We fished in the Stone Harbor Yacht Club Invitational Marlin Tournament this past weekend on the 52′ Ocean, Saltitude. The weather was absolutely perfect but unfortunately for us the fishing was slow.
Day 1 found us fishing in the Baltimore Canyon. We started in the eastern flats and marked plenty of bait. Everything looked good, but no bites. We worked all around the canyon in the blue 82 degree water without any action. We had one white come up in the spread and look around but he never ate anything. At the end of the day we got on a sulfur line and managed to pick up some mahi, but that was it for us.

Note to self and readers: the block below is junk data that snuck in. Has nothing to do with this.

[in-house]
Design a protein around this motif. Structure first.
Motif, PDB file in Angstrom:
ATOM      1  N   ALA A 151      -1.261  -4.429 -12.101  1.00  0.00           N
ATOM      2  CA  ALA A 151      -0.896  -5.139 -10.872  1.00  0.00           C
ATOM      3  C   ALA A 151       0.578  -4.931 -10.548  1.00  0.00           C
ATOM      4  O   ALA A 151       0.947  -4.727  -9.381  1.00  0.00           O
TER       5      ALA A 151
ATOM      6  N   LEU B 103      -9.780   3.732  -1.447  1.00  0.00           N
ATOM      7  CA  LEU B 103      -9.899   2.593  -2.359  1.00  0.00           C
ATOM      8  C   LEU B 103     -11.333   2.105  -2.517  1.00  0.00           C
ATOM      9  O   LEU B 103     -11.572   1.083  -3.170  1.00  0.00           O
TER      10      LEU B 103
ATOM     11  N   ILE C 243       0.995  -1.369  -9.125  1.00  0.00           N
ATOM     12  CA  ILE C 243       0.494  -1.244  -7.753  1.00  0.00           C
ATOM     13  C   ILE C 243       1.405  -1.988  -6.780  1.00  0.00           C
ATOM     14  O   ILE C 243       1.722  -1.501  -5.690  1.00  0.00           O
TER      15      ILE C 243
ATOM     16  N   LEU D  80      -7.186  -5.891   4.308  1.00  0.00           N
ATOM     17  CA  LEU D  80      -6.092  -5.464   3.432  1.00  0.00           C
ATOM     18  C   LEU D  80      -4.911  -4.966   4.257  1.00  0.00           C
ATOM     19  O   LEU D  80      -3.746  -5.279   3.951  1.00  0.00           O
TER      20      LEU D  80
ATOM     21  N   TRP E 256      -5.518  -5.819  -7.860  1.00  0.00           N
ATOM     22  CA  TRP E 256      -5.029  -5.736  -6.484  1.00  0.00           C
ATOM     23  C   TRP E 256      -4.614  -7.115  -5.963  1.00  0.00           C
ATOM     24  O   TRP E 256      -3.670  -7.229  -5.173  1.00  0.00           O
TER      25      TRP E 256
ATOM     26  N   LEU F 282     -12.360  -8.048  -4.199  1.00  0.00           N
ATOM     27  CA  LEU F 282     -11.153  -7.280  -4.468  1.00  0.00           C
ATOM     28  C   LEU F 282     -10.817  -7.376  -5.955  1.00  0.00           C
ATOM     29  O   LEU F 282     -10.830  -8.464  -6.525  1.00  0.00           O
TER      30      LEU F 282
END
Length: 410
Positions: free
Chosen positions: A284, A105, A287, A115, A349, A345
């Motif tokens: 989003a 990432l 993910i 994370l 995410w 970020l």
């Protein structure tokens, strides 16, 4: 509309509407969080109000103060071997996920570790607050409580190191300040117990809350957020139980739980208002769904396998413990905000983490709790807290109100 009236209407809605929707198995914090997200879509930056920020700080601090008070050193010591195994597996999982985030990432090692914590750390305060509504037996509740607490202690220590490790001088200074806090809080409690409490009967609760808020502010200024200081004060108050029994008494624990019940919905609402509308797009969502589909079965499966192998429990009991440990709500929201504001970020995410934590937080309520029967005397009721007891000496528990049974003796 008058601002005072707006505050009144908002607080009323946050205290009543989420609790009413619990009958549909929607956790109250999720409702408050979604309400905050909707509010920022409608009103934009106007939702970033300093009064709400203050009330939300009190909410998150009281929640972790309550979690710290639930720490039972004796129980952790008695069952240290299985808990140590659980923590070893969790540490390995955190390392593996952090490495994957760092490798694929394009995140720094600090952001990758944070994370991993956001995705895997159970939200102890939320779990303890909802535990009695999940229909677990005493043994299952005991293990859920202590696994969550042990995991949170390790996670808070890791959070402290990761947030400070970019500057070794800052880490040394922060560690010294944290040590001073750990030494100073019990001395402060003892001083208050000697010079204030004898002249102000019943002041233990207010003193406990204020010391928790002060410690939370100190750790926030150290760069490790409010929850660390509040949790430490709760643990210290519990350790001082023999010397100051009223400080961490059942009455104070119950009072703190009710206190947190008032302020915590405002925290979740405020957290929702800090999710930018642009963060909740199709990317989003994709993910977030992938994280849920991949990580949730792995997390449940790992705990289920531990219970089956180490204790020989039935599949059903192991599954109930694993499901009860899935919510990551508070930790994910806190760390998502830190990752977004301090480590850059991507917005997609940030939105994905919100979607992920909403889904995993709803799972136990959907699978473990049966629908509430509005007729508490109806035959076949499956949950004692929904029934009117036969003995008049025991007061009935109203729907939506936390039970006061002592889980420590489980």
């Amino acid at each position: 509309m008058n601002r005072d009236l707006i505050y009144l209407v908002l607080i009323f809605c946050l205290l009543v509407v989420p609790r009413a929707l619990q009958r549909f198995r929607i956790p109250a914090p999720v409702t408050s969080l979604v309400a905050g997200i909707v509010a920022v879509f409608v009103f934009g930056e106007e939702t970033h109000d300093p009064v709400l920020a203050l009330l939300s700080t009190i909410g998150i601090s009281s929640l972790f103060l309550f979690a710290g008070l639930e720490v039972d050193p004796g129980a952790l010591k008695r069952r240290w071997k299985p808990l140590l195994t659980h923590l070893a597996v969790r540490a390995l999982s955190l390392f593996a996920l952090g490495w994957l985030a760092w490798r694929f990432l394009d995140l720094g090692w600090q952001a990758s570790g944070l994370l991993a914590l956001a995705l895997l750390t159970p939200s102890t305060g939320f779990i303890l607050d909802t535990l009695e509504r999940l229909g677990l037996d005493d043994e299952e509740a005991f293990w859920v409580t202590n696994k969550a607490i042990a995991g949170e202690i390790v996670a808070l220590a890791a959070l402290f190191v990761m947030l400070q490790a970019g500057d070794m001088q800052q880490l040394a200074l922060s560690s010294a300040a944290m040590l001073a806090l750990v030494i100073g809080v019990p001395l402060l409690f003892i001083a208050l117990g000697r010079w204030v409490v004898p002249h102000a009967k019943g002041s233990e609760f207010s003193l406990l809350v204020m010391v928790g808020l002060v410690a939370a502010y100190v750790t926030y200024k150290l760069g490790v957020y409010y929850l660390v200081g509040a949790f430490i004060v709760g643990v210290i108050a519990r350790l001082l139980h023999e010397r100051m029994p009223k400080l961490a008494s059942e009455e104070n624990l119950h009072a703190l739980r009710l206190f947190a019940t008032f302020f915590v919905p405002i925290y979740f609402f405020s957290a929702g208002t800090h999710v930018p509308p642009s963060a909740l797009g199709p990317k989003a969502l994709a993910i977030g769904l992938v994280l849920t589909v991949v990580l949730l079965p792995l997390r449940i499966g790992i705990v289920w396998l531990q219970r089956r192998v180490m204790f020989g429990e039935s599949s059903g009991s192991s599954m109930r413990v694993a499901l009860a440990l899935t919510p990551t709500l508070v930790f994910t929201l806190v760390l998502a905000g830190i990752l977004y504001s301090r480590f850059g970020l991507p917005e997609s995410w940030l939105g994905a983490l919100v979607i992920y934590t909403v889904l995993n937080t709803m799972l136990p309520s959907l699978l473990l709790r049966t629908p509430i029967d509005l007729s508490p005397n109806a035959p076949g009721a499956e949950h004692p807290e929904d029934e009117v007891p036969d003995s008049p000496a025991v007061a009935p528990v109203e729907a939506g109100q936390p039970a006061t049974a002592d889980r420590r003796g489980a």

Day 2 we made the run to the deep of the Poormans. The water was beautiful blue and 83 degrees, plenty of life and bait. There were whales and dolphins all around. We got a few mahi bites early on and had a sailfish come up on our teaser in the turn, but the fish never showed much interest. The boys in at 500 fathoms seemed to be getting a little more marlin action so we picked up and ran into there from the 1000 fathom line. We got not he troll and looked around a bit. Plenty of bait marks but still no action for us until finally we had a blue marlin pop up behind the right long rigger and eat the naked ballyhoo. GAME ON! Justin Brown was into his first blue marlin and this one put up a solid fight. We got within feet of the release twice but the fish had other plans. Finally after about 30 minutes we got the knot to the tip for the release on the 300# Blue Marlin, then it got down and dirty. After another 45 minutes we finally got the fish up to the boat for a clean release and away it swam. We had a few hours left but unfortunately could not buy a bite. Congratulations Justin on your first Blue Marlin.